JD:  My website Antique World is extremely important but my showroom is just as important as you cannot be solely reliant on the internet. The internet is good for driving customers through our doors but you cannot beat meeting clients on a face to face basis. I find the best sales are from local clients as you get lots of repeat custom, with them making weekly visits. The internet is the best advertising tool for worldwide and UK sales and we have got some really lovely clients from our website. Without our website we would not survive today as it’s an essential part of business.

ANF: What plans do you have for the future of the business and do you see yourself in for the long run?

JD:  We are hoping to open a restoration part of the business taking in furniture restoration for private clients. I am also hoping to grow our sales by adding unique collectibles. It’s always difficult to predict the future with the economy as it is, but I am feeling positive and hopeful we will keep as busy as we have been over the last few years.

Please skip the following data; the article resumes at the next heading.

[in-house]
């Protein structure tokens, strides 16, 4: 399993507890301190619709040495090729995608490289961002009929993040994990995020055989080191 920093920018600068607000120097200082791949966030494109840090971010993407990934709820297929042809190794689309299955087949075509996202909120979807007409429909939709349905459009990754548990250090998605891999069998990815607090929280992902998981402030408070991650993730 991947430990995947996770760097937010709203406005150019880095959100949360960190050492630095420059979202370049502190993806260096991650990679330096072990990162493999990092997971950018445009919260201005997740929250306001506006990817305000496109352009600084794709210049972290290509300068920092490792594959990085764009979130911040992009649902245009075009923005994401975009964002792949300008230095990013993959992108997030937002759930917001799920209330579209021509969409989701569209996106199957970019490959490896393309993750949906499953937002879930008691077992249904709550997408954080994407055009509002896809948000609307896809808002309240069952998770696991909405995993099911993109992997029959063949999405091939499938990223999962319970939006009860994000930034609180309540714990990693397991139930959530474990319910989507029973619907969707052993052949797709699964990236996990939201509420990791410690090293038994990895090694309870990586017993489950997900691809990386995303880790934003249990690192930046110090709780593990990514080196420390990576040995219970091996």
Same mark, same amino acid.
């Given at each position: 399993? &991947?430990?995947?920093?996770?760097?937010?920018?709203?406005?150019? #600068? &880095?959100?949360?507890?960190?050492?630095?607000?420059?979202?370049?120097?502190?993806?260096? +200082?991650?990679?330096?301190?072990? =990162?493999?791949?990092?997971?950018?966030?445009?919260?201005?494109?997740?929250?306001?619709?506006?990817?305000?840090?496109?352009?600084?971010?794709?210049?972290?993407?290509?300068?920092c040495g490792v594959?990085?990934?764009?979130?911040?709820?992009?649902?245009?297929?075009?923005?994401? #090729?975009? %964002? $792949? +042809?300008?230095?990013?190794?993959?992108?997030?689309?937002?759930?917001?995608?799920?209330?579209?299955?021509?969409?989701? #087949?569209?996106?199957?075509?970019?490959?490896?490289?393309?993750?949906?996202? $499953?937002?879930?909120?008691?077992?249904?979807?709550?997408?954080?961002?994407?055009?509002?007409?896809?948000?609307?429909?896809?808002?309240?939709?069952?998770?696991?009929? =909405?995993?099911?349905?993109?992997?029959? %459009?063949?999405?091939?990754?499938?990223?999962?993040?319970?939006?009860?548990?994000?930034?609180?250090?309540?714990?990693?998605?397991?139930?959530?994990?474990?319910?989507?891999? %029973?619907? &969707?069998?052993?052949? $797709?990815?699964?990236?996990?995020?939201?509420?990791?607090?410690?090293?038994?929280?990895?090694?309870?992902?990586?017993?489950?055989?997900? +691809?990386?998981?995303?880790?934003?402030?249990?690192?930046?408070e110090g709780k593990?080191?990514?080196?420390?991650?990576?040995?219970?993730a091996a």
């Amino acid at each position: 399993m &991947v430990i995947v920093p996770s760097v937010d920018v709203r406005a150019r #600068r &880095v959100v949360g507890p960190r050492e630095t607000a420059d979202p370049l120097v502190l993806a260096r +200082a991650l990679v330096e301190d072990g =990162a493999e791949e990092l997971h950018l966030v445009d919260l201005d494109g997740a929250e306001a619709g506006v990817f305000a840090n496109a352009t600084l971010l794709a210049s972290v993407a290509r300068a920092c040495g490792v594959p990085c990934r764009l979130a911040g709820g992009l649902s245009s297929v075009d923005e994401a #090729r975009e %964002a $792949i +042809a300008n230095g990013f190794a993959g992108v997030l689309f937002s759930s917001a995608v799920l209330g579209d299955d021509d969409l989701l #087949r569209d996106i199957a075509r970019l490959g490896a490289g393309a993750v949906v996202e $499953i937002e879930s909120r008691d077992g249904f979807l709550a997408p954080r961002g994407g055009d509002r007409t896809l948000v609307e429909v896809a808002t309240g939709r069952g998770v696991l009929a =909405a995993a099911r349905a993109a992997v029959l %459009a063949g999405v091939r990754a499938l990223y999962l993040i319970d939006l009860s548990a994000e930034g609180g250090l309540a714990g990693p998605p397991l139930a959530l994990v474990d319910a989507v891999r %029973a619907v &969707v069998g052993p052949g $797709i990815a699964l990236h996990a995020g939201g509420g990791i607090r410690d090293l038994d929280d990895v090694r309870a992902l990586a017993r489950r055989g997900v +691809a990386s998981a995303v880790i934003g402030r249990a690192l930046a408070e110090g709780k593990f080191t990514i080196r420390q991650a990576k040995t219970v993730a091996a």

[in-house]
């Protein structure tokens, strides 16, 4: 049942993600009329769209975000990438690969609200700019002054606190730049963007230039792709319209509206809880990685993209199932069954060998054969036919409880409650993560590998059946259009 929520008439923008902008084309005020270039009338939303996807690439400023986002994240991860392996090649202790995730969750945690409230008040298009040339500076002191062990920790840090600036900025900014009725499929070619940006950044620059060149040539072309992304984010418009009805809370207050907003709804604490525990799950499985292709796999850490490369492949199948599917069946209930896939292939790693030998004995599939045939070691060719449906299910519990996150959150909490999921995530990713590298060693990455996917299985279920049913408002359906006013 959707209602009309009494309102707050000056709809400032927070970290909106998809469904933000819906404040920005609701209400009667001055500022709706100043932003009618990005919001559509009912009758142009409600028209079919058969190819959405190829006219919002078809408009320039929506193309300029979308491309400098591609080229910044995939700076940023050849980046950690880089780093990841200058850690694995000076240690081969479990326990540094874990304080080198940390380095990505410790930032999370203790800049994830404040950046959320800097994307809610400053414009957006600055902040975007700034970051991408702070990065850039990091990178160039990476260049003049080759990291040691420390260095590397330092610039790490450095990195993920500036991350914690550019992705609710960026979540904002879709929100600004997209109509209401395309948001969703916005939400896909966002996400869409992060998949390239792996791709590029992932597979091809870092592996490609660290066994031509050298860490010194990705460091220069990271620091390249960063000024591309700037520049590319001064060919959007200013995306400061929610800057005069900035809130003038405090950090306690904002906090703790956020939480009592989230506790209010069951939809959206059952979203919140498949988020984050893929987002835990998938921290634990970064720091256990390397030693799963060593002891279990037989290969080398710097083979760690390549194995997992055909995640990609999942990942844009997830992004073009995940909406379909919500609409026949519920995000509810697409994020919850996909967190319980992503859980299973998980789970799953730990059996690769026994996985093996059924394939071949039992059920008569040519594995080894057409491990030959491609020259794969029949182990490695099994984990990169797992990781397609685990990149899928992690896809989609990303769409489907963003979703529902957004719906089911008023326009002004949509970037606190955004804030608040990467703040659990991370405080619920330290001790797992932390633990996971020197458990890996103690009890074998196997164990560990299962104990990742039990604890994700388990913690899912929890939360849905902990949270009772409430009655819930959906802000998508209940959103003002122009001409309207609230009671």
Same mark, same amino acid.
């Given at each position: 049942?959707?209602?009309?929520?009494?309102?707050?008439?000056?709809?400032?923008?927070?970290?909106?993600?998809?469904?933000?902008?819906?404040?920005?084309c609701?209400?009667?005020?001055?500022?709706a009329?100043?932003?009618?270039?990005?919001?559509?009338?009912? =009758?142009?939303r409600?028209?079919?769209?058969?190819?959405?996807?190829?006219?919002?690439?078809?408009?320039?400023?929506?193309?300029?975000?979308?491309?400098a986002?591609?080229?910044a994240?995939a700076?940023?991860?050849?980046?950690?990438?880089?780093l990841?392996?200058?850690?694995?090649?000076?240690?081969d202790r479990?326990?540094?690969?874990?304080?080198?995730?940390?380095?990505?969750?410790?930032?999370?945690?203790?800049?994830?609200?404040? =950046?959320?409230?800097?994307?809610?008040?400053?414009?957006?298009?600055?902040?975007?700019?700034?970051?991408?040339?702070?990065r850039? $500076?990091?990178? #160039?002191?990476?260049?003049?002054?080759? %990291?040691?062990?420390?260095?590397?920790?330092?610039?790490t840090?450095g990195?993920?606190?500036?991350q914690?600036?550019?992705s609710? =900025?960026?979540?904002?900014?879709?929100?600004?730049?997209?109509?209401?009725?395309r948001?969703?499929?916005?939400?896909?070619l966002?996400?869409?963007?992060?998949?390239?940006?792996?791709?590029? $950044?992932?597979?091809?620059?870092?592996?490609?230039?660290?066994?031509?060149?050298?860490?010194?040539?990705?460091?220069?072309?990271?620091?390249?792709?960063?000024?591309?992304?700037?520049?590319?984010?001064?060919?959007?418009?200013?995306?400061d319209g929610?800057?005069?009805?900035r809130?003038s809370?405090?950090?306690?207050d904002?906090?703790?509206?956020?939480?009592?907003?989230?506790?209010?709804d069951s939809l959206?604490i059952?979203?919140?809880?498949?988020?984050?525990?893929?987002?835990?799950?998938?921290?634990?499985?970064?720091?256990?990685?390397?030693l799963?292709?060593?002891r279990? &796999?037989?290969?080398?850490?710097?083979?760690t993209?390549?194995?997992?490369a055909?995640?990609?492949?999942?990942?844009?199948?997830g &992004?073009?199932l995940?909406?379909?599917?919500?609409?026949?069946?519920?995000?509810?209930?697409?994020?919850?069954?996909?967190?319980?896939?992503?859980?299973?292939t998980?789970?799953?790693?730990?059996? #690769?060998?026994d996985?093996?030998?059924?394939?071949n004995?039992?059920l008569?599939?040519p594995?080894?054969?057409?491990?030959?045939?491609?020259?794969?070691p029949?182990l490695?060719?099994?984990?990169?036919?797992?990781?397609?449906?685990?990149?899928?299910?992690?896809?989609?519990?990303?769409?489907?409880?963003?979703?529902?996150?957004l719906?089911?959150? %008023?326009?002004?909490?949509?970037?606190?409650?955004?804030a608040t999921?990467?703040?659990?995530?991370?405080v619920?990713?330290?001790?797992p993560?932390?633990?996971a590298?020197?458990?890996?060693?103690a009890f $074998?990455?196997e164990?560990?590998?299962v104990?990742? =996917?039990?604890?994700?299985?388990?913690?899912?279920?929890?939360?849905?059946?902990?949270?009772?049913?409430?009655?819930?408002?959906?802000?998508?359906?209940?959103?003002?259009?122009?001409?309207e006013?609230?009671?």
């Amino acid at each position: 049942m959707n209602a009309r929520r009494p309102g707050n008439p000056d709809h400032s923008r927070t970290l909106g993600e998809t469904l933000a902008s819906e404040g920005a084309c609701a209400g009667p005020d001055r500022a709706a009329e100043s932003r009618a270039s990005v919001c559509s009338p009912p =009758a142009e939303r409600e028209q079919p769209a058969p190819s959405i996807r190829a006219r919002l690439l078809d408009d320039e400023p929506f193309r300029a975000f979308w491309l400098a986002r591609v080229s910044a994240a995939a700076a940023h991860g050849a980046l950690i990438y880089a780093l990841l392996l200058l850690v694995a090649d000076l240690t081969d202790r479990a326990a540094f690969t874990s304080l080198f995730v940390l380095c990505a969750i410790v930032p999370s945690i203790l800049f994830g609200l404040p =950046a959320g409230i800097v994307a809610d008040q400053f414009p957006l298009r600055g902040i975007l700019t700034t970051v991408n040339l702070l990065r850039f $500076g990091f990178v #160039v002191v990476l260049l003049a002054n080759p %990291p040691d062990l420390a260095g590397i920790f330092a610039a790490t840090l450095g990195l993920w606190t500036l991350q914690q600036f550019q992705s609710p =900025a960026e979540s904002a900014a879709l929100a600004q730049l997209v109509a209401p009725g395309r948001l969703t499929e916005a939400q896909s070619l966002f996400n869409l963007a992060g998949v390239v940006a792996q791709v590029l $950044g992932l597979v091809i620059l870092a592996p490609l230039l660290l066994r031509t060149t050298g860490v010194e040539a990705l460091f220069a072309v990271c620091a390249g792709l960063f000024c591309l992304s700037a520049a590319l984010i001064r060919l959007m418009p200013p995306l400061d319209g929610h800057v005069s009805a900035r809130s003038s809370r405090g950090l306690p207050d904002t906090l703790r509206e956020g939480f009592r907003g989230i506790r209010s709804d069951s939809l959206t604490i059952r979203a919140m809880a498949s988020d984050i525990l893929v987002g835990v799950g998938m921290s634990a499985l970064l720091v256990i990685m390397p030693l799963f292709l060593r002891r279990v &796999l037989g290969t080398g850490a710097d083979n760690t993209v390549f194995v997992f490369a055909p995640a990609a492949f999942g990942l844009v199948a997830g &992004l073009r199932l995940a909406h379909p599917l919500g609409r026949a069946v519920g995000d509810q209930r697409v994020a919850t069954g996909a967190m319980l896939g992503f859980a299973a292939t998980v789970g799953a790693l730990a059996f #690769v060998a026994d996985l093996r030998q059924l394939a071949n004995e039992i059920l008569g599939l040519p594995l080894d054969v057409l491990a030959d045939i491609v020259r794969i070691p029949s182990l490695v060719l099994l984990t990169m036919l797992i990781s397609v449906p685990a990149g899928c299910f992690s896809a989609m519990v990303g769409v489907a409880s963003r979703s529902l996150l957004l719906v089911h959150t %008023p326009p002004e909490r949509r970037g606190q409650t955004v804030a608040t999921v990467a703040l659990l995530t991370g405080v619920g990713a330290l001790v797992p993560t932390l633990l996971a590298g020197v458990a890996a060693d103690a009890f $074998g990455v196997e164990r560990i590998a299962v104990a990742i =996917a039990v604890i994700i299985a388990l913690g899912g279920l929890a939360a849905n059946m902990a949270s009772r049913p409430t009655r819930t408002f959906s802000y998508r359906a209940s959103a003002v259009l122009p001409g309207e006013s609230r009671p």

Driscolls Antiques

ANF: Do you have a personal favourite piece in your stock which you would like to take home and do you have any personal collections?

JD:  I have two particularly nice pieces in stock at the moment that I am very tempted to take home. The first is a beautiful Georgian Gillows Linen press with the most amazing figuring and completely original. The second is a figured walnut Queen Anne bureau of really lovely small proportions. Both are stunning quality and would look super in my home but we are about to have some large renovations to our house so it’s too soon to furnish it yet.